Creating or improving your content often starts with a lot of detective work: sorting through documents and files, interviewing users and stakeholders, asking the hard questions (do we really need this?).
All that research and digging is important. But what if I told you there was an easier place to start? Something you can do to lighten your load? It won’t take away the research, but it will give you a framework for it, helping you start the process with the end in mind—helping you take the pulse of your clients without a three-month user-research project.
That magic starting point is your sales team.
They’re the ones seeking out new clients, wooing them, getting them to sign on for your service or buy your product. They’re the ones who hear the initial hesitations and concerns. And they’re also the ones who know what features or sales tactics turn up the excitement for your buyers. So it only makes sense that we build our content projects—which are targeted at these buyers—on the knowledge and experience of our top sellers.
Where to start: Interviewing them
When it’s time to start a new content project (be it strategy, website, newsletter, social media, or publication), it’s also time to set up interviews with your most successful salespeople. Remember: They answer questions about the company, the product, the service every single day. They’ve got a handle on communication that other stakeholders may not. So take full advantage of the time that you’re given, asking questions like:
- What features or benefits of the product/service get the most questions?
- What product/service is your top seller?
- How do you describe the company to a prospective client?
- What features or benefits cause your prospects the most confusion? Why?
- Who’s your typical customer? What do they care about?
- How many touch-points are in your typical sales funnel? How many calls or emails before the client buys something?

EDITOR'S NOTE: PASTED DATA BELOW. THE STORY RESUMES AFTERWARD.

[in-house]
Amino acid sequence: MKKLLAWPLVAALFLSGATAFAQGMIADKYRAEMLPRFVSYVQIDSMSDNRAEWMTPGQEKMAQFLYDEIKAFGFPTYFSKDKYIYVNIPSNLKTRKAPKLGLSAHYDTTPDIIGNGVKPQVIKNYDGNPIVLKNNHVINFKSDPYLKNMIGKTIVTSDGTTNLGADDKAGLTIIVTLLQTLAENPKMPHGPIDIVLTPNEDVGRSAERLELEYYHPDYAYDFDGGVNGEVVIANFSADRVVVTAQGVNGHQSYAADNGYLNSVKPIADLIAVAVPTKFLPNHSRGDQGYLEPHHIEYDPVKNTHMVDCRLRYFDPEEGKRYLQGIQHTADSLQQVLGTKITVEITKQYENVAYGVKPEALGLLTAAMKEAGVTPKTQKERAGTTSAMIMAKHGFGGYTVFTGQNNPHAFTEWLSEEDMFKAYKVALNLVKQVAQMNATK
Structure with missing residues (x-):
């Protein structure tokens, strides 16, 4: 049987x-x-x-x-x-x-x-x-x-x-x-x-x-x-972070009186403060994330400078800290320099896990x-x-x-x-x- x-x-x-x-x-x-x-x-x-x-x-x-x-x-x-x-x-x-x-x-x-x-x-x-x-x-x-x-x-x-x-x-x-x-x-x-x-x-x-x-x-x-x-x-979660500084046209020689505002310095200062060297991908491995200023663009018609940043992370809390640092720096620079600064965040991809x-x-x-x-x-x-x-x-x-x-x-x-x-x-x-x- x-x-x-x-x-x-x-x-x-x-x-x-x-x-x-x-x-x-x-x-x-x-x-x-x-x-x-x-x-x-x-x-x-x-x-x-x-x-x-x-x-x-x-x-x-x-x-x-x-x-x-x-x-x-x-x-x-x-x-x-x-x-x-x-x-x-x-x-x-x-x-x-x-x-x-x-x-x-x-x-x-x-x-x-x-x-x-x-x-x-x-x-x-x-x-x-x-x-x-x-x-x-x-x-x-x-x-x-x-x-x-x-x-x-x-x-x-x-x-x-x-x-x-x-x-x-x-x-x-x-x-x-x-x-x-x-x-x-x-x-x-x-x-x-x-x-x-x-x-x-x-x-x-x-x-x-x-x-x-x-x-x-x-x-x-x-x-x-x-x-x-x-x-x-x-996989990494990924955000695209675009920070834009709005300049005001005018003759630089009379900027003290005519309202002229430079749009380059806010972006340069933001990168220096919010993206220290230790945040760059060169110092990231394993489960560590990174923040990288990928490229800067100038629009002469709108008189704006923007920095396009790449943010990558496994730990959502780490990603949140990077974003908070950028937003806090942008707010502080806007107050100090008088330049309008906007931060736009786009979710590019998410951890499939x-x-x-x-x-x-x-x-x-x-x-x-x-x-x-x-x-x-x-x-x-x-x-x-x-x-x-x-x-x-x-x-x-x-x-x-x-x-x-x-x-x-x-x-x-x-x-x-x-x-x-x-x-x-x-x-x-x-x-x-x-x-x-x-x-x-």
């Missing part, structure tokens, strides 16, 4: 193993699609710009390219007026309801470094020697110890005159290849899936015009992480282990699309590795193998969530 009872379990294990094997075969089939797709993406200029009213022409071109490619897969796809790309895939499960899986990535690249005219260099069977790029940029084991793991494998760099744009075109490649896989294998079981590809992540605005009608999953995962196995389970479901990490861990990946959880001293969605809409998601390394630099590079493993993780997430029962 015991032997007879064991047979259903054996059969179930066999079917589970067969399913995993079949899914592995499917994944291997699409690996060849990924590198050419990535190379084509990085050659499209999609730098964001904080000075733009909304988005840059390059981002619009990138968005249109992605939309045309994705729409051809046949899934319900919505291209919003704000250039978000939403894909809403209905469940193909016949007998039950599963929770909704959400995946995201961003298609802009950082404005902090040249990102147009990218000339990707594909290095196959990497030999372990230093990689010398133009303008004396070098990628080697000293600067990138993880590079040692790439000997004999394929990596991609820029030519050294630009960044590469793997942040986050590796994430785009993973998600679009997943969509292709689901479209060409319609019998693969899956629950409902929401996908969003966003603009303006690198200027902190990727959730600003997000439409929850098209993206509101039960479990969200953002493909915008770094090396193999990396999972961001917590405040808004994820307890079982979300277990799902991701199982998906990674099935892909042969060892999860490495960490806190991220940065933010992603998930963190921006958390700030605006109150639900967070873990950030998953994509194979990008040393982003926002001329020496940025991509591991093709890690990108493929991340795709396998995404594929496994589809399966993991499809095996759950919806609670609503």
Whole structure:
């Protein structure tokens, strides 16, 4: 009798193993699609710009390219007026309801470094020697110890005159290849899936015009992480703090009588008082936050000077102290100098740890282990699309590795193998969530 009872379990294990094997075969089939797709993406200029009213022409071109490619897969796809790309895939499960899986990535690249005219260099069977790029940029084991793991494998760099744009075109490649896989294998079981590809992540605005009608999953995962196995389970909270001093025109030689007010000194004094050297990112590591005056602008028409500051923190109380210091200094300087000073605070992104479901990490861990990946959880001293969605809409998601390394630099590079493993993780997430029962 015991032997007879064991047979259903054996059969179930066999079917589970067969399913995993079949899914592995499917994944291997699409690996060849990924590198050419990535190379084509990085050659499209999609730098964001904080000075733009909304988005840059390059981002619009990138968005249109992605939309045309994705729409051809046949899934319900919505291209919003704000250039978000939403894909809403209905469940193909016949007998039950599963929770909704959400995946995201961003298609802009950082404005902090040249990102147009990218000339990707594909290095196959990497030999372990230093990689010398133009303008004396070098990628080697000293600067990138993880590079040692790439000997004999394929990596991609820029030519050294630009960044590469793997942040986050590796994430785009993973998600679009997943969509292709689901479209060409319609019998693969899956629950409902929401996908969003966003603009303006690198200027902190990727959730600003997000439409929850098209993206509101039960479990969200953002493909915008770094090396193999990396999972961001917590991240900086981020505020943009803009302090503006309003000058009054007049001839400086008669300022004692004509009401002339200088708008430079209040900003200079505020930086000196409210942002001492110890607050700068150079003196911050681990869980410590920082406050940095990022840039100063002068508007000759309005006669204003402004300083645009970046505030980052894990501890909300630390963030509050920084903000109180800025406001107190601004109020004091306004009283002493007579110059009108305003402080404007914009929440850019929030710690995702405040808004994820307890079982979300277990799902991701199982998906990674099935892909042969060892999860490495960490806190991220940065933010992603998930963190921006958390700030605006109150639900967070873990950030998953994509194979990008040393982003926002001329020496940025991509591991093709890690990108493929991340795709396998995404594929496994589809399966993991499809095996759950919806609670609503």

- What do you think pushes them over the line from prospect to buyer?
- Talk me through your sales process.
These questions and others like them can help you put together a framework for understanding every other document, interview, and user-research finding. And they can make it easy to identify trouble spots in current communications.
For example: If your sales team says their clients buy your content management system because it’s easy to use, but your website always leads with security features, maybe it’s time to test some new website messaging.
What if they’re busy? Or persnickety?
As you know, sometimes it’s hard to get interviews with anyone—let alone a busy sales team. But it’s going to save you lots of time, research, and money to start with sales.
So, here are a couple tips for getting slotted into a busy schedule:
1) Let them know they’re important to your process. This isn’t just another item on the to-do list. You’re not just consulting them because the CEO tells you to. Their knowledge and experience is key to the project’s success. And as you use their feedback to improve the website, newsletter, publication, etc., your plan is to make their job easier.
For example: If their feedback is used to make a more robust technical FAQ area on the website, they could spend less time explaining technical features and more time selling.
2) Be friendly. Thank them for their help. Bring brownies. Or cake. Let them know that you want ongoing feedback—that their opinions matter at the interview stage, but they also matter every day afterward. If they think of something else, hear a new client question, or run into a new challenge, you want to know about it. Throw your door wide open to these client-facing communicators.
What comes next? Training
Once you’ve started the process with some key interview questions and an open invitation to share their thoughts, experiences, and client struggles with you in the days to come, it’s time for some training. Your sales team can be an ongoing asset by not only offering insight from their client calls, but by asking deliberate questions in their client conversations. Questions like:
- Have you been to the website? Did you find what you were looking for there?
- Have you been to our blog? I think we have a post that would interest you.
- What made you decide to buy today?
- How did you hear about us?
If you train your salespeople to keep content and marketing top of mind, making sure to ask key questions when relevant, you’ll start to see trends emerge and change over time. It’s user research, only cheaper. It’s marketing, but always targeted at already-interested prospects.
So keep this in mind: If you want to know what your clients want, ask your sales team. If you want to be constantly improving, train them. And never forget to say thank you and let them know how vital they are to your process.